Jim Turner (Edward G. Robinson) is a gamblin’ man who hits the jackpot by winning big at the local race track — a cash-in of $20,000. But unfortunately, his luck is about to run out. That very same night, he loses all of the dough at a roulette table.
With practically nothing left to his name, Jim packs up his few belongings and heads to a boarding house run by the Mayhews — Mrs. (Emma Dunn), George (Hobart Cavanaugh), and Marge (Genevieve Tobin). Mrs. Mayhew is a stern woman who expects high morals of all of her boarders, but Marge is a little less traditional. She readily rents the room to Jim despite his gambling past.
Marge and Jim soon find themselves in love, which causes plenty of worry for Mrs. Mayhew, who fears that a marriage to a gambler will ruin her daughter’s life. Will she be right, or can Jim stay on the straight and narrow?
Alfred E. Green directs 1934’s Dark Hazard. The film was written for the screen by Ralph Block (Gambling Lady) and Brown Holmes (Ladies They Talk About).
I had moderately high hopes for Dark Hazard when I chose to watch it from WatchTCM. Edward G. Robinson and Genevieve Tobin starring, the writers of two very good Stanwyck films penning the script, and Alfred E. Green (A Lost Lady, Union Depot) at the helm… there’s a lot of talent here!
The film gets off to a slightly rocky start, moving Jim a bit too swiftly from race track to boarding house to wedded life. Eventually the pace evens out and Dark Hazard becomes a pretty interesting watch.
The essence of Dark Hazard is a tale about obsession and addiction, though the tone isn’t too grim. The focus is put on the lengths that Jim will go to in order to make excuses for his excessive gambling. He comes up short for the rent, and he blames it on his inexperience with balancing a checkbook rather than the fact that he’s been gambling. He loses money after betting on one dog, and rather than giving up betting on future races, he dreams of buying the winning dog.
Edward G. Robinson’s performance as Jim is great, as Edward G. Robinson’s performances are always great. His believability only falters in his scenes with the winning dog mentioned above, the film’s title character (portrayed by real-life champion racing dog War Cry). His feigned enthusiasm in these scenes is kind of comical, especially in one scene where he gets very excited about the dog biting his fingers.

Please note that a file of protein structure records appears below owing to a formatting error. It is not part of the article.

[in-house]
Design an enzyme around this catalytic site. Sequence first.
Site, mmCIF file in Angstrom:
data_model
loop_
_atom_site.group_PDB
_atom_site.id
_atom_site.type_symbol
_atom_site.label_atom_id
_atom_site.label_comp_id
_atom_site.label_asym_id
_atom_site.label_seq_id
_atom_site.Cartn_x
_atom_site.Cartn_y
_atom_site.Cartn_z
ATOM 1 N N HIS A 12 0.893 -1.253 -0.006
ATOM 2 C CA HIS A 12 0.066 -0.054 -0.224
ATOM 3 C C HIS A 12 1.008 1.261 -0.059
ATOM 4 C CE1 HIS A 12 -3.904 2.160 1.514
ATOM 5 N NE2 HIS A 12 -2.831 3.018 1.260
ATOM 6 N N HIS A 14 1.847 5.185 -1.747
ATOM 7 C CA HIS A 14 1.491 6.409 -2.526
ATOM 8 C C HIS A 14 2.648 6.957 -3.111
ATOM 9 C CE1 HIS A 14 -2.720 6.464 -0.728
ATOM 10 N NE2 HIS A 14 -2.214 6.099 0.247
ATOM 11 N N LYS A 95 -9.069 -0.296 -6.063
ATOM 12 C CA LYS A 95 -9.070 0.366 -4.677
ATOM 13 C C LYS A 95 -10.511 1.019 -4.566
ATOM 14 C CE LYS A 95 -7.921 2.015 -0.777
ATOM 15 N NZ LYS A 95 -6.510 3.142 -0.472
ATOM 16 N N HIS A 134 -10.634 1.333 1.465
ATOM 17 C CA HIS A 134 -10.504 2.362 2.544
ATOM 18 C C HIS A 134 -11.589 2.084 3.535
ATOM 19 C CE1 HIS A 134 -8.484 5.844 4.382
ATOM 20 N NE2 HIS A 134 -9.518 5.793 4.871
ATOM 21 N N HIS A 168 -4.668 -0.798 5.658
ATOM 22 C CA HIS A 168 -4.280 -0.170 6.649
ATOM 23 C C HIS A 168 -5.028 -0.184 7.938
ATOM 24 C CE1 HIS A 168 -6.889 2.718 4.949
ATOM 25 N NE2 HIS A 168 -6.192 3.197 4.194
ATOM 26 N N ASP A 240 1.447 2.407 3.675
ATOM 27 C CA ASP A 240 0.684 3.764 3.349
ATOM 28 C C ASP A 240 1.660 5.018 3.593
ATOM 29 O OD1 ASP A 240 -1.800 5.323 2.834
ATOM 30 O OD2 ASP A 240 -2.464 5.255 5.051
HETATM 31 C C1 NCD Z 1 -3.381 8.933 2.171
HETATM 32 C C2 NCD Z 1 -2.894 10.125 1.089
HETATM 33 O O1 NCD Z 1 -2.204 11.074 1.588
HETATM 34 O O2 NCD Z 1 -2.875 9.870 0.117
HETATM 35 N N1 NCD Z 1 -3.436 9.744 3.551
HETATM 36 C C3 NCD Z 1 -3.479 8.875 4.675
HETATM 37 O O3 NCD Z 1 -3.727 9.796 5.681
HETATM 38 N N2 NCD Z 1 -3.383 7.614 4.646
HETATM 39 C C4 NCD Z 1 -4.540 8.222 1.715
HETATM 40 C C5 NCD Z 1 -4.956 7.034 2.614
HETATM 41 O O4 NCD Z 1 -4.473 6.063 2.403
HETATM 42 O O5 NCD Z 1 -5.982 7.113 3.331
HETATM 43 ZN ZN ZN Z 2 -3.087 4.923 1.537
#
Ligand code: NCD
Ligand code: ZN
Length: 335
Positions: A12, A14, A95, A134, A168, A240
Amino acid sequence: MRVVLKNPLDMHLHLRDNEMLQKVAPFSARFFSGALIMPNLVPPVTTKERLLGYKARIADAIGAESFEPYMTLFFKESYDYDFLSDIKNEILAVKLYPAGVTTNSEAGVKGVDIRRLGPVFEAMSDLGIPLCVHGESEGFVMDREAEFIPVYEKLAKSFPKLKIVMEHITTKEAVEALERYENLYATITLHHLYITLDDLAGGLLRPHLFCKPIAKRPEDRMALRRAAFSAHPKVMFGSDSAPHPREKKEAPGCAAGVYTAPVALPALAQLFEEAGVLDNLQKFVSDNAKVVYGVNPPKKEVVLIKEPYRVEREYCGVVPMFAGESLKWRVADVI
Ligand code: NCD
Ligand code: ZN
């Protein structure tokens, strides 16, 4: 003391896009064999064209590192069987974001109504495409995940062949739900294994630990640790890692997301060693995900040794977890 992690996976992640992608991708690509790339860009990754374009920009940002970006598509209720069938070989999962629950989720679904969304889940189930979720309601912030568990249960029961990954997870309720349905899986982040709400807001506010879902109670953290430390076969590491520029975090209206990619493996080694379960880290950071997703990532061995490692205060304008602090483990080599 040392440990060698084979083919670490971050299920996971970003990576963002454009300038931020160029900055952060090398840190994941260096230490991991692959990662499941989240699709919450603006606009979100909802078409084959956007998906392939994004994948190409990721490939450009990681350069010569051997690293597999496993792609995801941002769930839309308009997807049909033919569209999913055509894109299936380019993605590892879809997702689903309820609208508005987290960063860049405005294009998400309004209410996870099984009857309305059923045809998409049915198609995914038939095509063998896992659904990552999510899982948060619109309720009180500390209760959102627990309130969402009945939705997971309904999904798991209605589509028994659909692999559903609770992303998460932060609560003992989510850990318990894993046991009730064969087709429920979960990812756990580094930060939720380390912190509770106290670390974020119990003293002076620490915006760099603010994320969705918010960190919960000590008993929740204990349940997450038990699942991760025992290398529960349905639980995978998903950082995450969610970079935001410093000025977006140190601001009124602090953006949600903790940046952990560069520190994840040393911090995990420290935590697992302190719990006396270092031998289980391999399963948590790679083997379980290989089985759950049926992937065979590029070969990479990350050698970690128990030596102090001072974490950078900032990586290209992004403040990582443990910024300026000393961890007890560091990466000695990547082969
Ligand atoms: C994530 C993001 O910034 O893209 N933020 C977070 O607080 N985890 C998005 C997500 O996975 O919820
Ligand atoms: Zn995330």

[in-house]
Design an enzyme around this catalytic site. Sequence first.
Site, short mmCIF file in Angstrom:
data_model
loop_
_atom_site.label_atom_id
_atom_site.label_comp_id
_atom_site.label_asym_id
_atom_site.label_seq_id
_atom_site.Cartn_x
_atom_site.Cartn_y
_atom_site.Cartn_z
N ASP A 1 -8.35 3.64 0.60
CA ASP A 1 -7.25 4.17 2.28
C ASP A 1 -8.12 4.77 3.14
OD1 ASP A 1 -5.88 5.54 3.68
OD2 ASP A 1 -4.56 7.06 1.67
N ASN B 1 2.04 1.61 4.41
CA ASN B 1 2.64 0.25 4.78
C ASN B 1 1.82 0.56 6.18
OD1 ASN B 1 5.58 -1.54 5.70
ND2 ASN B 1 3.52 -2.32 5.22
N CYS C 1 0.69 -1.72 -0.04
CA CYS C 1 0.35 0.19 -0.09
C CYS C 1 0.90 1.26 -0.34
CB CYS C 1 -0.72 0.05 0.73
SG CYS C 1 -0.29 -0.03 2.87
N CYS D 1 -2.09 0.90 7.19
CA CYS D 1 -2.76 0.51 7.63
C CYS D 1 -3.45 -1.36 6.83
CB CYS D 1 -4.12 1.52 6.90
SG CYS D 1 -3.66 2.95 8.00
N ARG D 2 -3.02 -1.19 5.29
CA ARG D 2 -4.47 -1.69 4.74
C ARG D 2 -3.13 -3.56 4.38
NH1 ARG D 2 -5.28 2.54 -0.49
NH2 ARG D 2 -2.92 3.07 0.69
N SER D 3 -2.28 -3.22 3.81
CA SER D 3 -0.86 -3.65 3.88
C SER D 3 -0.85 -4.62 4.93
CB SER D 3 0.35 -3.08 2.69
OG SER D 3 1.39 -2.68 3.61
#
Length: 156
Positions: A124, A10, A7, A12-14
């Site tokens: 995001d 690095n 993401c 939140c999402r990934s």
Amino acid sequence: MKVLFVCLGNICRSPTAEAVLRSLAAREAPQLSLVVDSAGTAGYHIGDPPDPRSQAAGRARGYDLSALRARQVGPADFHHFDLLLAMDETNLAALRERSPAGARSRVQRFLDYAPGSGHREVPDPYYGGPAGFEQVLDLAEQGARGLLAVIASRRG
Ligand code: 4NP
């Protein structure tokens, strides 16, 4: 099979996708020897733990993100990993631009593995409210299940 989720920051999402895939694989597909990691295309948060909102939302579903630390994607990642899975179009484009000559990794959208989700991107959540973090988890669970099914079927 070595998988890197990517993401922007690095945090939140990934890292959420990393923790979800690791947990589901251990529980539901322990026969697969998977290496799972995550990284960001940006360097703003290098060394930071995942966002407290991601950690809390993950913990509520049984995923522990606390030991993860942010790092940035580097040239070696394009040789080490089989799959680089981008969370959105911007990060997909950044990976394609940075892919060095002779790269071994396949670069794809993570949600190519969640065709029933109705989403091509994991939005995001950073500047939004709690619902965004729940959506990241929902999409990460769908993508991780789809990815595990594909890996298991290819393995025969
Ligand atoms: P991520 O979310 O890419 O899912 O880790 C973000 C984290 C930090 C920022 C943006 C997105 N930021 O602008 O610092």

The viewer can see through Robinson’s performance that Jim is well-intentioned — he never plans to fall back into his old ways, or to neglect his relationship with Marge in favor of his work. Despite his flaws, he’s a likable guy, and the viewer feels some sympathy for him when things go south. It’s a testament to Robinson’s talent that even though the story centers on his character’s addiction, the audience can’t help but love him.
Dark Hazard was released in 1934, and as such, falls just into the end of the pre-code era. And boy, is this ever a pre-code. Glenda Farrell makes an appearance as Jim’s saucy ex-girlfriend, Val, who hasn’t quite let go of her affection for him, even after learning he’s married. (She provides another of the film’s very good performances.) Their previous adventures together aren’t shown on-screen but there is an oft-repeated story of a dress on fire (Jim had to help her remove it, naturally) and another about a game of strip poker!
If you’re in the mood for a little pre-code drama with strong performances, Dark Hazard is worthy of your time, especially if you’re a fan of Edward G. Robinson. The score: 3.5/5